Sooner or later your computer will die. Whether it is due to a hardware failure (hard drives will ALWAYS fail, it’s not a matter of if, just a matter of when), or sometimes Windows just gets tired, or infected and dies; when it happens you are faced with one of two options: fix it, or buy a new computer. The hardest decision comes when you think how much you payed for your current computer. It may have cost you $2000 five years ago, but in today’s terms it might be worth $100 if even that.
The problem with investing money in an old computer is that it will never get much faster, even if you spend the money to upgrade the memory, processor etc. The other issue is that once one component fails, even if you replace it, time is against you and it is probable that something else will fail fairly soon. There comes a time when putting money into an old computer just isn’t worth it, and it’s time to start looking for a new computer.
Fact is, even the cheapest computers out there today are probably quite a bit faster than your old computer. With computer programs and internet content becoming more demanding every day, it is always advisable to have hardware that will not only be able to handle what is out there today, but also be able to deal with what is coming. With rich multimedia becoming more popular on the internet, there is a great demand for more memory, faster processors, and better graphics hardware. When you computer dies, you need to carefully consider how much it will cost to fix it, and whether or not that money wouldn’t be better spent putting it towards a new computer. 10 years ago, the lifespan of a computer was much longer than it is today, however, with mass production that is used to make most systems today, computers just aren’t made to last as long (and there is no reason for them to be because the technology is changing so fast that making a computer that lasts 5 years or more just doesn’t make sense anymore because in 5 years the hardware and software demands will be so much greater). Sometimes the question isn’t so much ‘can you afford a new computer’ as it is ‘can you afford your old one’.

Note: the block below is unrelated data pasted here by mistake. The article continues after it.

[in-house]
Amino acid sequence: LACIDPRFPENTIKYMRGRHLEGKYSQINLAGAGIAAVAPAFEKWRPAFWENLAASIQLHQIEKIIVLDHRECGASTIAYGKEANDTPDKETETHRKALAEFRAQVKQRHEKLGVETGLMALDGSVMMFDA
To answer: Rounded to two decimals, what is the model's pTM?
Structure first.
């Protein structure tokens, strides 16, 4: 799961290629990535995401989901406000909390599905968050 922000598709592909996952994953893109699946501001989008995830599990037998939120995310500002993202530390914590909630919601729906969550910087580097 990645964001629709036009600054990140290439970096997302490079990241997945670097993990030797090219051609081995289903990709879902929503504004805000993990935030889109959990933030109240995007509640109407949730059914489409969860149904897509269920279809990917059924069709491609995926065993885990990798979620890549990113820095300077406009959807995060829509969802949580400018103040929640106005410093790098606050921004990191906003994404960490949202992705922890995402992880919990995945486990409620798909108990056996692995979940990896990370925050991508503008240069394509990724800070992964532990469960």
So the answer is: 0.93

Black Friday Sales – all touting super cheap computer deals – but how to tell what is really a deal? Unfortunately, retailers have pulled out all the stops in trying to sell their computers, and along with it, they often pull out some of the important specs. Right now, one of the best processors for comsumer systems is the Intel Core 2 Duo, however this is where it can get confusing. While a Core 2 Duo IS an intel processor, it is NOT a Core 2, nor is it the same as what advertisers tout as an Intel Dual Core, nor is it a Pentium D Dual Core, or Pentium Dual Core.
Advertisers also tout the amount of RAM that a computer has, but often neglect to tell you the actual speed of the RAM, ie: PC-5400 is slower than PC-6400 – they also tout the amount of Video memory, which in reality is nowhere near as important as the type of card – ie: a 1 GB 9200 is magnitudes of order slower than a 512 MB 9800. Generally if a computer has really good specs, they will announce it in all it’s glory : Intel Core 2 Duo – 4 GB DDR3 1066 RAM, 512 MB 9800 GT Video Card, Dual 7200 RMP 5000 GB SATA II Hard Drives etc, as compared to: Dual Core Computer, 2 GB RAM 256 MB Video, 250 GB Hard Drive.
Always, ALWAYS check the full specs on a computer before buying – often you have to get the model number and go to the manufacturers website – don’t rely on the best buy kind of websites to supply the full information as they often neglect to fully mention the specifications.
This isn’t to say that there aren’t some really good deals out there – heck a $200 computer that is just going to be used to surf the internet and basic word processing is still a good deal regardless of the kind of parts it has (as long as it’s new and comes with a one year warranty)